Balangir (Orissa): As one of India’s 300 million officially poor people in one of its most impoverished districts, Kantamani Nag bought 25kg of rice every month at Rs2 per kg—five times cheaper than market rates—a fine example of the world’s most sprawling subsidised foodgrain network.
Of the cradle-to-grave national anti-poverty effort on which the Centre will spend at least Rs1.18 trillion in 2010-11 to create a more inclusive, just India, the food subsidy was the only scheme that worked for the Nags—sort of.
Nag, 40, kept half the rice for his wife and three children. He sold the rest, creating what is now unofficially called “subsidized-rice income” for the poorest in this western corner of Orissa, where the official poverty line is Rs356 per month, or around the cost of an appetiser in a metropolitan five-star hotel. When Nag, wizened beyond his years, sold his subsidized rice (sometimes tea leaves and soap as well), it sent him into a death spiral that appears to play out like this across Balangir:
• The rice that isn’t sold typically lasts 10 days or less
• The family works odd jobs or begs the rest of the month
• Weakened without enough food, they fall ill for around 100 days each year
• They borrow money to pay medical expenses
• To repay the loan, they join the 100,000 who migrate to brick kilns and stone mines in Andhra Pradesh
When they return, they are weaker; many die, not by starvation, but from chronic hunger and malnutrition.
Nag’s family ended up working in the kilns and mines for six months every year. These trips took a toll on their weakened bodies. They took more loans to meet medical expenses. The last loan was Rs20,000 at 10% interest.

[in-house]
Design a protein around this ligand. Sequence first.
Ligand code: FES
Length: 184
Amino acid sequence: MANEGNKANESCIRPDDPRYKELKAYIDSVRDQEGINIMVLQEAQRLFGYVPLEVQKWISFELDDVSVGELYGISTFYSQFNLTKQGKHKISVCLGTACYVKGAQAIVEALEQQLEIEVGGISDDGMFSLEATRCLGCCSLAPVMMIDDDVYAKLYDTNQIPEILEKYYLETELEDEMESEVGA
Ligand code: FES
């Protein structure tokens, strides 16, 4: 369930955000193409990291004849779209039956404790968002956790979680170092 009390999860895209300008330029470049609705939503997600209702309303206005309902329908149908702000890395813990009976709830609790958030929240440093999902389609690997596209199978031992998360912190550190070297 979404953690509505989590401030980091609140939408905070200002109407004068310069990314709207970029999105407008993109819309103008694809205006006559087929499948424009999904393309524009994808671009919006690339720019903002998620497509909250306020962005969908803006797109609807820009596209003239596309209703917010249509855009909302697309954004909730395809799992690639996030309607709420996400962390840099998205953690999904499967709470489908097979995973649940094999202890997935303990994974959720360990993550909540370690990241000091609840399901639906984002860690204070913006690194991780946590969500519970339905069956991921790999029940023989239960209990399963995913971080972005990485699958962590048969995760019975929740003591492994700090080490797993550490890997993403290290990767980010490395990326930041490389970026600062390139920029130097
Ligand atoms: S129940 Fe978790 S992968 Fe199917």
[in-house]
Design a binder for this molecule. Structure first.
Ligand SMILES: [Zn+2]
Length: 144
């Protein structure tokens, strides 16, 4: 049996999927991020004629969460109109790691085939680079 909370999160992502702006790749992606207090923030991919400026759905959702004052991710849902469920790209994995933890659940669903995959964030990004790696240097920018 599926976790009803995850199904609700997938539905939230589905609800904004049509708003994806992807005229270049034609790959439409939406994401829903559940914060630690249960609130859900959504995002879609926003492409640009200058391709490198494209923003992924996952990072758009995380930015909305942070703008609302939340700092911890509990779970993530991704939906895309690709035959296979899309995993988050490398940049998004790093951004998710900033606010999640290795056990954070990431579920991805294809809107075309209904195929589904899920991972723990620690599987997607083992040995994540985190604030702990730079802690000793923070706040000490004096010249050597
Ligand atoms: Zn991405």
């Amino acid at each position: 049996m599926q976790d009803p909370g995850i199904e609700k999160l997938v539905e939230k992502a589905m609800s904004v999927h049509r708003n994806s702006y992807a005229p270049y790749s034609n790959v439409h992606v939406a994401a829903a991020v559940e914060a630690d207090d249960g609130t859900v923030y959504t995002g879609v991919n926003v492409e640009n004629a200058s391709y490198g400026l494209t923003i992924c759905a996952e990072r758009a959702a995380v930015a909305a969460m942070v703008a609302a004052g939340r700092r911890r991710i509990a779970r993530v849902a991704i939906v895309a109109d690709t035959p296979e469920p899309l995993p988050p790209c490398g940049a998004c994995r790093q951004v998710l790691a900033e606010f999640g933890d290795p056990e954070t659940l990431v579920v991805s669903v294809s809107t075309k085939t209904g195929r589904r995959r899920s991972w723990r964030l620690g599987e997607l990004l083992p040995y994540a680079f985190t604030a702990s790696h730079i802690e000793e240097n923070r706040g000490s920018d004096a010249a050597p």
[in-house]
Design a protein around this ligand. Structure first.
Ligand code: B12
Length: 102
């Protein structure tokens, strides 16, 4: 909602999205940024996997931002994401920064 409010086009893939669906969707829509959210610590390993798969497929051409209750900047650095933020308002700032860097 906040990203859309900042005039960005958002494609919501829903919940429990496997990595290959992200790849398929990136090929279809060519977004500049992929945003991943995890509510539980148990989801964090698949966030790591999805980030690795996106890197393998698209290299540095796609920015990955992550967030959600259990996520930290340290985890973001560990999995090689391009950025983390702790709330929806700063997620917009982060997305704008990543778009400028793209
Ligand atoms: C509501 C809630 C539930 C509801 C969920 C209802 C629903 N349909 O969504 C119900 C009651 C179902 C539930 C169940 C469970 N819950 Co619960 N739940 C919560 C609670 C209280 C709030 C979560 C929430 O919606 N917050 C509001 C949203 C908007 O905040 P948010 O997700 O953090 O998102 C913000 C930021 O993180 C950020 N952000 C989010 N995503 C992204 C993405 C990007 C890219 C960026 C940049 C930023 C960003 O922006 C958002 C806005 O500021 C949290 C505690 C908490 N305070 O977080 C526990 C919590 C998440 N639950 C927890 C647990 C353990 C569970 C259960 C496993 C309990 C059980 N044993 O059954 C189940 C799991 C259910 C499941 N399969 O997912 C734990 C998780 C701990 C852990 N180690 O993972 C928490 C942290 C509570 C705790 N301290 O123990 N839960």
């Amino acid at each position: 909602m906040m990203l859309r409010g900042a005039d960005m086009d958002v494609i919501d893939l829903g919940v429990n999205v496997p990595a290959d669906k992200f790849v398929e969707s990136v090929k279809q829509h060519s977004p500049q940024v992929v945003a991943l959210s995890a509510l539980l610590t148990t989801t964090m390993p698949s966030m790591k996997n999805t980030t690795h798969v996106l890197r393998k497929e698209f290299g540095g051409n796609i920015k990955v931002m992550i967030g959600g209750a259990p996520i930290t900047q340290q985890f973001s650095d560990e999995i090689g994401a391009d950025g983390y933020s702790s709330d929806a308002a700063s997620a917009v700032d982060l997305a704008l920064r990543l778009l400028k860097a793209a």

“After a time they found it difficult to repay,” said Kasturi Nag, 42, Kantamani’s sister-in-law, who narrated their tale on a warm spring day in their western Orissa village of Kurenbahali. “As a result, they started eating less food.”
A growing hunger
Breakfast for the Nags was a handful of puffed rice and locally brewed red tea. Lunch was pakhal, watery rice, with an onion. Dinner wasn’t very different—on the few days the Nags had any.
The Hindustan Times (HT) recorded similar patterns in journeys to 55 families across 27 villages in Balangir, where 62% of all families officially live below the poverty line across 6,575 sq. km.
In interviews, officials in Balangir confirmed the deepening cycle of poverty.
It could explain how millions of hungry people are slipping through the cracks nationwide; how shoddy implementation imperils well-meaning, ambitious national anti-hunger programmes; how mothers become malnourished, giving birth to more malnourished children than anywhere else in the world.
Every year, 3,000 pregnant women are admitted to Balangir’s hospitals. “More than 50% are anaemic, malnourished,” said Purnachandra Sahu, Balangir’s chief district medical officer.
Theoretically, help is available, through the Integrated Child Development Scheme (ICDS), the world’s largest programme for nutritional and school needs of children younger than six, administered through 1.4 million centres nationwide. Though 80 million children are theoretically covered, one in two Indian children is malnourished, the world’s worst rate.
In Balangir, there are free vitamins, proteins and medicine available. The Nags appear to have used these centres at some point. The evidence: Their children are alive (though their condition isn’t clear). For severely malnourished children, there’s Rs500 to be had from the chief minister’s relief fund.
Sahu opened registers of Nutrition Day—held on the 15th of each month to provide dietary support to children— to show how about 3,000 malnourished children under age six are brought to Balangir’s 14 primary health centres every month. Sahu said 53% of all children at his centres are malnourished.